This work, which honors the dignity of refugees as people created in the image of God, can only continue to be done through the provision of adequate funding. As with other UN agencies, UNRWA relies on grants and contributions from UN member states, the European Union, and regional governments. These contributions are voluntary and represent over 90 percent of UNRWA’s sources of funding. Historically, the United States has been one of UNRWA’s top funders, contributing over $380 million in 2015 and $355 million in 2016. Altogether, contributions from the U.S. have totaled $5.2 billion since 1994.
However, in the wake of the Trump Administration’s decision to recognize Jerusalem as the capital of Israel, the State Department announced in January that the United States would withhold $65 million in funding to UNRWA “for future consideration.” This reduction results in a total contribution of only $60 million to UNRWA, which is less than half of its initially promised aid package for 2018. The State Department has stated that the $65 million was withheld to encourage other countries to increase their aid, as well as to promote agency reform within UNRWA. However, this drastic funding cut comes at a very large humanitarian cost and requires unanticipated, quick action by other countries and organizations to fill the funding gap.
Pierre Krähenbühl, UNRWA’s Commissioner-General, stated that the reduction in funding by the U.S. was severe, abrupt, and harmful. In Gaza, the unemployment rate stands at over 40 percent and more than half of its two million residents depend on UNRWA’s food distributions and primary health care services. Cutting aid to UNRWA, which is already underfunded, exacerbates a dire situation for a vulnerable population suffering from malnutrition and poor access to medical care. If inadequately addressed, this situation could potentially lead to a humanitarian crisis.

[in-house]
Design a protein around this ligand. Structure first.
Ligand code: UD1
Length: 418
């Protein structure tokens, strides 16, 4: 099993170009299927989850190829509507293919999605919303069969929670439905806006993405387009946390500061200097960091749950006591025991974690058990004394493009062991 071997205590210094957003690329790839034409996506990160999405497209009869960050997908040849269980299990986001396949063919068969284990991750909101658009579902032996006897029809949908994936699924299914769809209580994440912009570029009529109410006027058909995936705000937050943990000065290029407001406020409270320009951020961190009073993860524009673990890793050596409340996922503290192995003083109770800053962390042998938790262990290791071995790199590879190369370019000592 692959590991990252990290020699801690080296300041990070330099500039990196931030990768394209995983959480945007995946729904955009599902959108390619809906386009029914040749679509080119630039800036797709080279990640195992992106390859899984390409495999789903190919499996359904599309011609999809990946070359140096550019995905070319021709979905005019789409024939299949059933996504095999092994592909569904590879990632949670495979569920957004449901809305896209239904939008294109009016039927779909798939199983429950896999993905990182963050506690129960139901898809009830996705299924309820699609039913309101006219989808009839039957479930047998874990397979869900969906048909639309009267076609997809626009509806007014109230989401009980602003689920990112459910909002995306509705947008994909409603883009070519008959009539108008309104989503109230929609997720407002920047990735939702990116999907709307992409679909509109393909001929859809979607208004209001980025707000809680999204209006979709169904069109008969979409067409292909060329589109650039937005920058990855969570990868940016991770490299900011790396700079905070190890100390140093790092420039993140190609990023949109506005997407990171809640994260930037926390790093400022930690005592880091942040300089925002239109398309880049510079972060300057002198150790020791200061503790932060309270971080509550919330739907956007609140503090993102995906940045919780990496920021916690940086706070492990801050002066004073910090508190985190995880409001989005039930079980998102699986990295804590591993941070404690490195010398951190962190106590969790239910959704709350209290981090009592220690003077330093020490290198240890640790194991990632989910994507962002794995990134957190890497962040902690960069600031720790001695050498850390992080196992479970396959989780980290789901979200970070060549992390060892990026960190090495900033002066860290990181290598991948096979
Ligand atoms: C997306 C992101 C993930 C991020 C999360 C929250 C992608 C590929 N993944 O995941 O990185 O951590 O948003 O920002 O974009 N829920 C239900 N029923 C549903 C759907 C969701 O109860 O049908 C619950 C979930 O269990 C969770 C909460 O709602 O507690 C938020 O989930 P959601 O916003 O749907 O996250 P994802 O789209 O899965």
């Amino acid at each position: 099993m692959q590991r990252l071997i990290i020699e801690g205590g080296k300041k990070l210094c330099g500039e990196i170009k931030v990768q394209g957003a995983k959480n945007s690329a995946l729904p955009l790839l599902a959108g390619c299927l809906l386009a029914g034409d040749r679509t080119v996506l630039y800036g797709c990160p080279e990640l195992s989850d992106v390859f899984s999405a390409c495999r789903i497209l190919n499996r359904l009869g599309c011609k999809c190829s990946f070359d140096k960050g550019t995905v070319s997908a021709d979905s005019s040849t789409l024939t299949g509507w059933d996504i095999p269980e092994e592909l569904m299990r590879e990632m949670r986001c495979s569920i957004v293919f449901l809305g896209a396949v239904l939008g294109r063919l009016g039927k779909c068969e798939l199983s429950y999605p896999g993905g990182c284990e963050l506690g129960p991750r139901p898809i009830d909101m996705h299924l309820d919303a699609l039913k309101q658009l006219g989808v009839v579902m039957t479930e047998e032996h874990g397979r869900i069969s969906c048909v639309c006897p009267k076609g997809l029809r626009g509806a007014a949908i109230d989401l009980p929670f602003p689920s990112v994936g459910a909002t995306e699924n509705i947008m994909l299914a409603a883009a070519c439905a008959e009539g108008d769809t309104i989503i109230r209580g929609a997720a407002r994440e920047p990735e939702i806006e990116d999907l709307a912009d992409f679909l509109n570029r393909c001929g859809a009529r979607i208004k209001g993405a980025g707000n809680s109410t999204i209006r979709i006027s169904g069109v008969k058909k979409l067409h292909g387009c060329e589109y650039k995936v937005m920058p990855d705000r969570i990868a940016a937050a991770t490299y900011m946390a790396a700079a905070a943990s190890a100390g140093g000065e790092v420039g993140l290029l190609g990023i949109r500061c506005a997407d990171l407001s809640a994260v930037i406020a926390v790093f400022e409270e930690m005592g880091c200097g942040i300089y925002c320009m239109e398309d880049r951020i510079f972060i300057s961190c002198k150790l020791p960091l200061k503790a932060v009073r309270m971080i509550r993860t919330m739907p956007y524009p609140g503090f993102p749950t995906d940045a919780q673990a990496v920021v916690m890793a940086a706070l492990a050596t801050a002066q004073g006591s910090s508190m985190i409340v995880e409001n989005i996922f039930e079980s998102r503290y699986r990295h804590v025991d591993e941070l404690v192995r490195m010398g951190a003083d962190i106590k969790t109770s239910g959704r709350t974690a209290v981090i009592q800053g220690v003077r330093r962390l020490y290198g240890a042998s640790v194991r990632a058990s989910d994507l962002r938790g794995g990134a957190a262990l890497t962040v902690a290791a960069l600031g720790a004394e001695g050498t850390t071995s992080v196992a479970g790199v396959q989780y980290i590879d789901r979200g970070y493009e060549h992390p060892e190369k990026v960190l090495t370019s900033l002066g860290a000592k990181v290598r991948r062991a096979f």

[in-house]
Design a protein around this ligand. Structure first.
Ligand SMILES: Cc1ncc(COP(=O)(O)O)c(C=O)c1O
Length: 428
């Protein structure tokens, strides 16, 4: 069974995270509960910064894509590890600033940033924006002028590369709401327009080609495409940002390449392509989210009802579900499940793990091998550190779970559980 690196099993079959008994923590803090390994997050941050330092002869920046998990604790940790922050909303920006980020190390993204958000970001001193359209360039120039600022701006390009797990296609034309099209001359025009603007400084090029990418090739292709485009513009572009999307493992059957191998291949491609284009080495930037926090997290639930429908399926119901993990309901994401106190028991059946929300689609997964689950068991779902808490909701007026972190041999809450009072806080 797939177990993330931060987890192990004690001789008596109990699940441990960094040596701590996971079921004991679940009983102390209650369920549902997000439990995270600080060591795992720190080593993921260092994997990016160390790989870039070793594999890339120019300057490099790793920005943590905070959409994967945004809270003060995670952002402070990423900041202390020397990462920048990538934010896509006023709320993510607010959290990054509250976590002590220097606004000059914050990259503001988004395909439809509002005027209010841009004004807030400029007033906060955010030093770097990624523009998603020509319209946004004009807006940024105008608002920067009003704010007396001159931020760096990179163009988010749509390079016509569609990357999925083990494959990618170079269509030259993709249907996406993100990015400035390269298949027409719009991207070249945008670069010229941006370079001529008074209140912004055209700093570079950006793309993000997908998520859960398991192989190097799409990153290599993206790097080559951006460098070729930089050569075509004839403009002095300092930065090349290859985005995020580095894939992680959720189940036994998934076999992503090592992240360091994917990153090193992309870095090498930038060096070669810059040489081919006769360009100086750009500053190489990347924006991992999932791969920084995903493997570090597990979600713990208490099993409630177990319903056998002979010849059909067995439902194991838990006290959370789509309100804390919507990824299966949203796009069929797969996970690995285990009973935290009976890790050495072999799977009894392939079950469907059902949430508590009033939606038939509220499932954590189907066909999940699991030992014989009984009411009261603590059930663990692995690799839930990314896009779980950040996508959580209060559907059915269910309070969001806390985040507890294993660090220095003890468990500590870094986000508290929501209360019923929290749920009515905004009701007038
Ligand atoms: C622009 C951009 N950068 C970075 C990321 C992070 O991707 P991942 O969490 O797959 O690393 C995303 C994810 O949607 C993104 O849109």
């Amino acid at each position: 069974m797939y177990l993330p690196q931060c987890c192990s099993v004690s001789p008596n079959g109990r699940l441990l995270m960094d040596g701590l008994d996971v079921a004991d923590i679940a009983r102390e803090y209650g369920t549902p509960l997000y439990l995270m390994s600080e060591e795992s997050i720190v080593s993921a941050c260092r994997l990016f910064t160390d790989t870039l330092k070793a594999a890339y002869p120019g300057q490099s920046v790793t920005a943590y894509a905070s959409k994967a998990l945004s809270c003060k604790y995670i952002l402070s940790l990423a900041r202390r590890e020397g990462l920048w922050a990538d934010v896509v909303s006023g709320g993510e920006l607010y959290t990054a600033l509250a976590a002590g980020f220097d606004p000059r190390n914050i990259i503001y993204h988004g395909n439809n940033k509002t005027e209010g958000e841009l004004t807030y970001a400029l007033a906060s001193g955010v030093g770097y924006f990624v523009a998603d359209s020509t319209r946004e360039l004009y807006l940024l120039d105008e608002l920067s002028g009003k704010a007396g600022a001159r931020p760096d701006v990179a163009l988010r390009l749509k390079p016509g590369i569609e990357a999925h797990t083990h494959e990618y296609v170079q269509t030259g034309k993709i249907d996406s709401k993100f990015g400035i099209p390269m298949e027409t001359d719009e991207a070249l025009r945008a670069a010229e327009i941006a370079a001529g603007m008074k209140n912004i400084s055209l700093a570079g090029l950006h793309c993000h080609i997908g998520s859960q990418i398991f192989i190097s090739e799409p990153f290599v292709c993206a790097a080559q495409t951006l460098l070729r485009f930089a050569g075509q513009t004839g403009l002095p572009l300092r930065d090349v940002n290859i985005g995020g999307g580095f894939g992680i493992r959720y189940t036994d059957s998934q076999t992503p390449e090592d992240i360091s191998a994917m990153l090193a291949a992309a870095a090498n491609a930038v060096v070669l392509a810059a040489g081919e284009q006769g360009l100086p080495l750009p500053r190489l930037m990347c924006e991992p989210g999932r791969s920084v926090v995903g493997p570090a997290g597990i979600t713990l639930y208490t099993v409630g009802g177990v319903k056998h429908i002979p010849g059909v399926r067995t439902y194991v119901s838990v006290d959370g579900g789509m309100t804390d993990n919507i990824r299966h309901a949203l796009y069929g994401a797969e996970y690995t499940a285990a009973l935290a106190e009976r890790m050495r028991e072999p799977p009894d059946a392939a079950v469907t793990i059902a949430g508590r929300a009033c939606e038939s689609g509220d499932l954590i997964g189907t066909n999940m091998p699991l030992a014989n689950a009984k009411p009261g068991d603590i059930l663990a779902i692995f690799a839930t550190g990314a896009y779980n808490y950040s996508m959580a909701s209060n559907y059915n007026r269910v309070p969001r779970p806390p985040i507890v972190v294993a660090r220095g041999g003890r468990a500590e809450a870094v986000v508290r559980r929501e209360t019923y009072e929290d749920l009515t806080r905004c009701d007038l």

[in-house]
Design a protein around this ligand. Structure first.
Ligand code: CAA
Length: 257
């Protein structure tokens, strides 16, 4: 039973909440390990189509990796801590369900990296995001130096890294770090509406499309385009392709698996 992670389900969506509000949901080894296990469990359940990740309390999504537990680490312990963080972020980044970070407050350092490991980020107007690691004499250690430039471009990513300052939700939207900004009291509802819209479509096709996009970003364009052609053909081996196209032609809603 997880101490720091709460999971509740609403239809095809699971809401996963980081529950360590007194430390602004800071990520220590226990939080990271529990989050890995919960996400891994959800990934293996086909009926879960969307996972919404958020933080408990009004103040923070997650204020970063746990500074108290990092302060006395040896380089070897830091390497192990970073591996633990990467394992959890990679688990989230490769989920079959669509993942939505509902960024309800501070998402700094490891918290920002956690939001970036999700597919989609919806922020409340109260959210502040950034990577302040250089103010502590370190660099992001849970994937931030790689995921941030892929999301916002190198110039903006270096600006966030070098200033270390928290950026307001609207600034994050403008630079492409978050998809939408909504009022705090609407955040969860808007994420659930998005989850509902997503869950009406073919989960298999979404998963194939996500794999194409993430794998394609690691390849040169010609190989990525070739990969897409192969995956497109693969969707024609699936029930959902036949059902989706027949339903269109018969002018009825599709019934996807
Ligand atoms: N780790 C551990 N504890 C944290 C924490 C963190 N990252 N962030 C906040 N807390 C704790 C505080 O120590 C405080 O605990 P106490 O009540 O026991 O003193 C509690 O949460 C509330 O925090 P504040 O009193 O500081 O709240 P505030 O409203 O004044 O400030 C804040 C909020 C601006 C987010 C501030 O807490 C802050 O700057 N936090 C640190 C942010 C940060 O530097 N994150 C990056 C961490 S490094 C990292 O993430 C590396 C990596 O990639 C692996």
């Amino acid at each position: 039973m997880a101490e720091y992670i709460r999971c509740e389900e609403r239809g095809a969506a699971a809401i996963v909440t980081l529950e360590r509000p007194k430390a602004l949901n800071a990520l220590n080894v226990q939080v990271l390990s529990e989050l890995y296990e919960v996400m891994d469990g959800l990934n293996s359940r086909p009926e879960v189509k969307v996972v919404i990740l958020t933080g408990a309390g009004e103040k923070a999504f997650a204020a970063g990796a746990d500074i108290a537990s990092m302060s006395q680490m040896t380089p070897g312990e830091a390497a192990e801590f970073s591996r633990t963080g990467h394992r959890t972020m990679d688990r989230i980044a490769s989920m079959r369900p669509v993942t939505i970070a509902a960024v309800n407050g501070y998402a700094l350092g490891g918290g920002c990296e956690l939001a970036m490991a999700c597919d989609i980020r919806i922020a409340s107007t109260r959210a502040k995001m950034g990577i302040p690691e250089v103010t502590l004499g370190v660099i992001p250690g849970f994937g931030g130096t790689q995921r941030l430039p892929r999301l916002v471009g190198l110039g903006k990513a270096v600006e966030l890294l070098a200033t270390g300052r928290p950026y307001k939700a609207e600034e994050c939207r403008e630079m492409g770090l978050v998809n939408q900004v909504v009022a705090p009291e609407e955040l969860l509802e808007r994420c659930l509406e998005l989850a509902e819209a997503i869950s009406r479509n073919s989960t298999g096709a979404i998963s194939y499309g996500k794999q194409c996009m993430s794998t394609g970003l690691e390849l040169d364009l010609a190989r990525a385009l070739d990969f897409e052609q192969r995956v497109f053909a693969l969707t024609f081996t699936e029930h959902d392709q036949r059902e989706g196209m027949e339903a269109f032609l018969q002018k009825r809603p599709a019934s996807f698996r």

Some argue that UNRWA should be phased out to allow for the UN High Commission of Refugees (UNHCR) to assume responsibilities in its place. UNHCR, which is commissioned to provide humanitarian assistance to refugees, internally displaced people, and stateless people, currently operates in a time of unprecedented human displacement. Over the past few years, the world has witnessed the largest displacement of people since World War II as a result of ongoing conflicts in the Middle East, Southeast Asia, Sub-Saharan Africa, and Central and South America. These conflicts have resulted in the displacement of an estimated 65.6 million people from their homes.